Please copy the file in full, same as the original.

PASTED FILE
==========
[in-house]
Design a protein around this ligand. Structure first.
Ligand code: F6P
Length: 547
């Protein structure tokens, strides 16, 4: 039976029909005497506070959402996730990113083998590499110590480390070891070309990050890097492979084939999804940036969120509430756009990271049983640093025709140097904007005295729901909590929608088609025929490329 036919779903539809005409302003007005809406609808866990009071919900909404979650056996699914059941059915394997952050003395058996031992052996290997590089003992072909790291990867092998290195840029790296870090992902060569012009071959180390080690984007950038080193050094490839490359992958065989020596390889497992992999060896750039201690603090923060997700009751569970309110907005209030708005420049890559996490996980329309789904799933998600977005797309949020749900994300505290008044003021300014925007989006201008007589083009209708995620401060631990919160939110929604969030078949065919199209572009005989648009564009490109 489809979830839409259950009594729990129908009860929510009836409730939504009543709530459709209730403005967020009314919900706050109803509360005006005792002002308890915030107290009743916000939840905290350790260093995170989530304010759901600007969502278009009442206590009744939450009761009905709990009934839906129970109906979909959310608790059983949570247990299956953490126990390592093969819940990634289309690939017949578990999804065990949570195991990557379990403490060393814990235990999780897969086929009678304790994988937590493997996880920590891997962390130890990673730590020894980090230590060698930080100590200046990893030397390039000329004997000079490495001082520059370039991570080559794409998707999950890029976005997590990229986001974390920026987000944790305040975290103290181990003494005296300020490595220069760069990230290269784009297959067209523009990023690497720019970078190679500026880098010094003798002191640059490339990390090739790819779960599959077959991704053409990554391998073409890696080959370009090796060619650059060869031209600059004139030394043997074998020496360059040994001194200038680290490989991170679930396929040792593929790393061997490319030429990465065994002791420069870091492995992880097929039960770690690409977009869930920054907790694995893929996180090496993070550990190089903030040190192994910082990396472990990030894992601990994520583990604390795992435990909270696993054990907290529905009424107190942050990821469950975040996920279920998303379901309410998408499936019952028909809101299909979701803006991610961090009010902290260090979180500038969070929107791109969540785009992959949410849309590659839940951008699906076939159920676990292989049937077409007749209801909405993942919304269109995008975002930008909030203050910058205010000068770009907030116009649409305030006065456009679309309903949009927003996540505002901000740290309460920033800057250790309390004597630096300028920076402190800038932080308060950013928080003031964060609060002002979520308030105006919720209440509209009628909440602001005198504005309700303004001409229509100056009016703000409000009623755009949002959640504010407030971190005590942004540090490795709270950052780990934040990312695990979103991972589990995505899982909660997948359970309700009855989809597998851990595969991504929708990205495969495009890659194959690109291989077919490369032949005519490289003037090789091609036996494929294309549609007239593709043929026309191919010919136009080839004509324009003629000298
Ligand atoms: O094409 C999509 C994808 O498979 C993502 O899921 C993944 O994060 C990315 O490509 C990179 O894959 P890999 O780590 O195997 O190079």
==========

[in-house]
Design a protein around this ligand. Structure first.
Ligand code: F6P
Length: 547
């Protein structure tokens, strides 16, 4: 039976029909005497506070959402996730990113083998590499110590480390070891070309990050890097492979084939999804940036969120509430756009990271049983640093025709140097904007005295729901909590929608088609025929490329 036919779903539809005409302003007005809406609808866990009071919900909404979650056996699914059941059915394997952050003395058996031992052996290997590089003992072909790291990867092998290195840029790296870090992902060569012009071959180390080690984007950038080193050094490839490359992958065989020596390889497992992999060896750039201690603090923060997700009751569970309110907005209030708005420049890559996490996980329309789904799933998600977005797309949020749900994300505290008044003021300014925007989006201008007589083009209708995620401060631990919160939110929604969030078949065919199209572009005989648009564009490109 489809979830839409259950009594729990129908009860929510009836409730939504009543709530459709209730403005967020009314919900706050109803509360005006005792002002308890915030107290009743916000939840905290350790260093995170989530304010759901600007969502278009009442206590009744939450009761009905709990009934839906129970109906979909959310608790059983949570247990299956953490126990390592093969819940990634289309690939017949578990999804065990949570195991990557379990403490060393814990235990999780897969086929009678304790994988937590493997996880920590891997962390130890990673730590020894980090230590060698930080100590200046990893030397390039000329004997000079490495001082520059370039991570080559794409998707999950890029976005997590990229986001974390920026987000944790305040975290103290181990003494005296300020490595220069760069990230290269784009297959067209523009990023690497720019970078190679500026880098010094003798002191640059490339990390090739790819779960599959077959991704053409990554391998073409890696080959370009090796060619650059060869031209600059004139030394043997074998020496360059040994001194200038680290490989991170679930396929040792593929790393061997490319030429990465065994002791420069870091492995992880097929039960770690690409977009869930920054907790694995893929996180090496993070550990190089903030040190192994910082990396472990990030894992601990994520583990604390795992435990909270696993054990907290529905009424107190942050990821469950975040996920279920998303379901309410998408499936019952028909809101299909979701803006991610961090009010902290260090979180500038969070929107791109969540785009992959949410849309590659839940951008699906076939159920676990292989049937077409007749209801909405993942919304269109995008975002930008909030203050910058205010000068770009907030116009649409305030006065456009679309309903949009927003996540505002901000740290309460920033800057250790309390004597630096300028920076402190800038932080308060950013928080003031964060609060002002979520308030105006919720209440509209009628909440602001005198504005309700303004001409229509100056009016703000409000009623755009949002959640504010407030971190005590942004540090490795709270950052780990934040990312695990979103991972589990995505899982909660997948359970309700009855989809597998851990595969991504929708990205495969495009890659194959690109291989077919490369032949005519490289003037090789091609036996494929294309549609007239593709043929026309191919010919136009080839004509324009003629000298
Ligand atoms: O094409 C999509 C994808 O498979 C993502 O899921 C993944 O994060 C990315 O490509 C990179 O894959 P890999 O780590 O195997 O190079």